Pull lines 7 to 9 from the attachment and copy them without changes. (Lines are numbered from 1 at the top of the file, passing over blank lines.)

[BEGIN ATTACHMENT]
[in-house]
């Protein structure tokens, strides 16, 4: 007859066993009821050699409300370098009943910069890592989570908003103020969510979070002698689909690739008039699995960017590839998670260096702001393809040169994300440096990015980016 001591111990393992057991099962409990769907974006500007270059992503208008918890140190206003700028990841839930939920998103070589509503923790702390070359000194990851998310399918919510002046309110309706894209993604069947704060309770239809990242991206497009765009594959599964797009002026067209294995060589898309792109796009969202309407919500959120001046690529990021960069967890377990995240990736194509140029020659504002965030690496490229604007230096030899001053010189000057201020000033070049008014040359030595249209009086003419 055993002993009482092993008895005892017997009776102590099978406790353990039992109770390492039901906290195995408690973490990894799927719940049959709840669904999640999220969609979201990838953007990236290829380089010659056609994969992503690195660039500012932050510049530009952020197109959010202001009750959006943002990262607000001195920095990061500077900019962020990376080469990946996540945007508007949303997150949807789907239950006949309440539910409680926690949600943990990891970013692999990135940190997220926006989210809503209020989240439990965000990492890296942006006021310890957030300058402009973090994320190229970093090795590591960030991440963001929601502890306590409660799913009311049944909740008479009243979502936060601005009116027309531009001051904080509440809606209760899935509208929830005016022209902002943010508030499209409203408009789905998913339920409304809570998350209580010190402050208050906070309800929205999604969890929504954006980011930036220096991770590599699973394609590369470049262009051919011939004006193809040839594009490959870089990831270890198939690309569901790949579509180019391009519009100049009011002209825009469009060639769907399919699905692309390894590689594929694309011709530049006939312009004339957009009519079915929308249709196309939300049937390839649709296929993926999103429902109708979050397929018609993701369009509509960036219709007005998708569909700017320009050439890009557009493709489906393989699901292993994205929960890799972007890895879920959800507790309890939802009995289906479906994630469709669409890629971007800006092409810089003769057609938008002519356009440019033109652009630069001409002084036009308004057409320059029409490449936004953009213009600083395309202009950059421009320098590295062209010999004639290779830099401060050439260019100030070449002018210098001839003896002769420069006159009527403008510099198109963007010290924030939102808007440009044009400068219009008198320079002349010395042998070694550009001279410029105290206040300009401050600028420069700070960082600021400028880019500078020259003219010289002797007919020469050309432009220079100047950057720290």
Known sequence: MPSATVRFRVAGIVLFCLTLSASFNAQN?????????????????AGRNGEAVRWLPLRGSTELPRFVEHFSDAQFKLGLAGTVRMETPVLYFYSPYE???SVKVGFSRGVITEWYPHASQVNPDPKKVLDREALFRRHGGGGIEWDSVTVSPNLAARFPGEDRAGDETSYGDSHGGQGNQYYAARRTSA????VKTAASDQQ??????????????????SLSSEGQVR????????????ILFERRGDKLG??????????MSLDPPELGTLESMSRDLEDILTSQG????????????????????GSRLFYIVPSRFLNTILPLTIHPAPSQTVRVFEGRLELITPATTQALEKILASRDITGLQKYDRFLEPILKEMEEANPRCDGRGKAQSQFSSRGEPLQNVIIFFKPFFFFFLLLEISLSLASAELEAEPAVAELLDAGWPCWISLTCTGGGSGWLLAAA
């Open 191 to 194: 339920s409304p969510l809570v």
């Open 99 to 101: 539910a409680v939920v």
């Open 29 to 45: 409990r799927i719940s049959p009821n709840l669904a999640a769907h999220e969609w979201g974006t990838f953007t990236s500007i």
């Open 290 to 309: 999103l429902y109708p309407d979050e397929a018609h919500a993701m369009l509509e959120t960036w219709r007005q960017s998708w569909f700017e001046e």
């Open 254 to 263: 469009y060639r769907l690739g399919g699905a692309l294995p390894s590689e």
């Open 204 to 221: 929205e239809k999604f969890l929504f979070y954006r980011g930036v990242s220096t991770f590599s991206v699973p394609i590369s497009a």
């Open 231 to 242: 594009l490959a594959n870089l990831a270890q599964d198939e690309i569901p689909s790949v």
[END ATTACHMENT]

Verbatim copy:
């Open 290 to 309: 999103l429902y109708p309407d979050e397929a018609h919500a993701m369009l509509e959120t960036w219709r007005q960017s998708w569909f700017e001046e």
């Open 254 to 263: 469009y060639r769907l690739g399919g699905a692309l294995p390894s590689e």
């Open 204 to 221: 929205e239809k999604f969890l929504f979070y954006r980011g930036v990242s220096t991770f590599s991206v699973p394609i590369s497009a």